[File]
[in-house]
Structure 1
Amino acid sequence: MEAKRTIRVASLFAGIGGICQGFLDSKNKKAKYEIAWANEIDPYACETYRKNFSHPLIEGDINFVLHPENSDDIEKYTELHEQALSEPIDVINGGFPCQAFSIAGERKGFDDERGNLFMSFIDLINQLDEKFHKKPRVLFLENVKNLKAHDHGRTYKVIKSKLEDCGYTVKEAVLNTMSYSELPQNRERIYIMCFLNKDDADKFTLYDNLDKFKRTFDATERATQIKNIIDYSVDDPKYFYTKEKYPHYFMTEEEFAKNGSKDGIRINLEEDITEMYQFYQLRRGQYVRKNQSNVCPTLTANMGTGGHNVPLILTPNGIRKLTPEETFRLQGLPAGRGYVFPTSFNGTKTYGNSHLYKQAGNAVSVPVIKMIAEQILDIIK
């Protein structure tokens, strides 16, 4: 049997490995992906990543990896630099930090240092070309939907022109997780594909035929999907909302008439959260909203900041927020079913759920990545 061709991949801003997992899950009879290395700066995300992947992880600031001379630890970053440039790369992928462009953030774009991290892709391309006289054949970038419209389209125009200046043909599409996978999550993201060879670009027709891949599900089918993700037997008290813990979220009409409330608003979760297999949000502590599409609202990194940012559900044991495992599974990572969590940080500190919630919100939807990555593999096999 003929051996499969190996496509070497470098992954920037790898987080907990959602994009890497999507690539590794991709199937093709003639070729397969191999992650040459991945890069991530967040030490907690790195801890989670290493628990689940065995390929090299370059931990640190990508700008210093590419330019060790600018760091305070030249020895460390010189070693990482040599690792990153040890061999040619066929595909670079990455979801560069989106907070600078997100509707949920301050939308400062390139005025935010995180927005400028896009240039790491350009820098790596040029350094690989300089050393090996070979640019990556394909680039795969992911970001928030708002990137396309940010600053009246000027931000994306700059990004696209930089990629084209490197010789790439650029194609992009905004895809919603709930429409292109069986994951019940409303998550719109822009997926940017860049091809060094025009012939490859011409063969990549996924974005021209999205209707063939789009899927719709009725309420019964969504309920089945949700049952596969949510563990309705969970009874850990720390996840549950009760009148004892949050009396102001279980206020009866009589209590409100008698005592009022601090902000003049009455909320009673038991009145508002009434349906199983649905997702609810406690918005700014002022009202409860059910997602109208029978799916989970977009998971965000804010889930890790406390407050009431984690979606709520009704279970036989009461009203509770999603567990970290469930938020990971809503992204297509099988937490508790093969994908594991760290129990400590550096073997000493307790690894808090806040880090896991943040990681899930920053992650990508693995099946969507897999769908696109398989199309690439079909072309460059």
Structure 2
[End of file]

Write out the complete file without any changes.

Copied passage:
[in-house]
Structure 1
Amino acid sequence: MEAKRTIRVASLFAGIGGICQGFLDSKNKKAKYEIAWANEIDPYACETYRKNFSHPLIEGDINFVLHPENSDDIEKYTELHEQALSEPIDVINGGFPCQAFSIAGERKGFDDERGNLFMSFIDLINQLDEKFHKKPRVLFLENVKNLKAHDHGRTYKVIKSKLEDCGYTVKEAVLNTMSYSELPQNRERIYIMCFLNKDDADKFTLYDNLDKFKRTFDATERATQIKNIIDYSVDDPKYFYTKEKYPHYFMTEEEFAKNGSKDGIRINLEEDITEMYQFYQLRRGQYVRKNQSNVCPTLTANMGTGGHNVPLILTPNGIRKLTPEETFRLQGLPAGRGYVFPTSFNGTKTYGNSHLYKQAGNAVSVPVIKMIAEQILDIIK
């Protein structure tokens, strides 16, 4: 049997490995992906990543990896630099930090240092070309939907022109997780594909035929999907909302008439959260909203900041927020079913759920990545 061709991949801003997992899950009879290395700066995300992947992880600031001379630890970053440039790369992928462009953030774009991290892709391309006289054949970038419209389209125009200046043909599409996978999550993201060879670009027709891949599900089918993700037997008290813990979220009409409330608003979760297999949000502590599409609202990194940012559900044991495992599974990572969590940080500190919630919100939807990555593999096999 003929051996499969190996496509070497470098992954920037790898987080907990959602994009890497999507690539590794991709199937093709003639070729397969191999992650040459991945890069991530967040030490907690790195801890989670290493628990689940065995390929090299370059931990640190990508700008210093590419330019060790600018760091305070030249020895460390010189070693990482040599690792990153040890061999040619066929595909670079990455979801560069989106907070600078997100509707949920301050939308400062390139005025935010995180927005400028896009240039790491350009820098790596040029350094690989300089050393090996070979640019990556394909680039795969992911970001928030708002990137396309940010600053009246000027931000994306700059990004696209930089990629084209490197010789790439650029194609992009905004895809919603709930429409292109069986994951019940409303998550719109822009997926940017860049091809060094025009012939490859011409063969990549996924974005021209999205209707063939789009899927719709009725309420019964969504309920089945949700049952596969949510563990309705969970009874850990720390996840549950009760009148004892949050009396102001279980206020009866009589209590409100008698005592009022601090902000003049009455909320009673038991009145508002009434349906199983649905997702609810406690918005700014002022009202409860059910997602109208029978799916989970977009998971965000804010889930890790406390407050009431984690979606709520009704279970036989009461009203509770999603567990970290469930938020990971809503992204297509099988937490508790093969994908594991760290129990400590550096073997000493307790690894808090806040880090896991943040990681899930920053992650990508693995099946969507897999769908696109398989199309690439079909072309460059």
Structure 2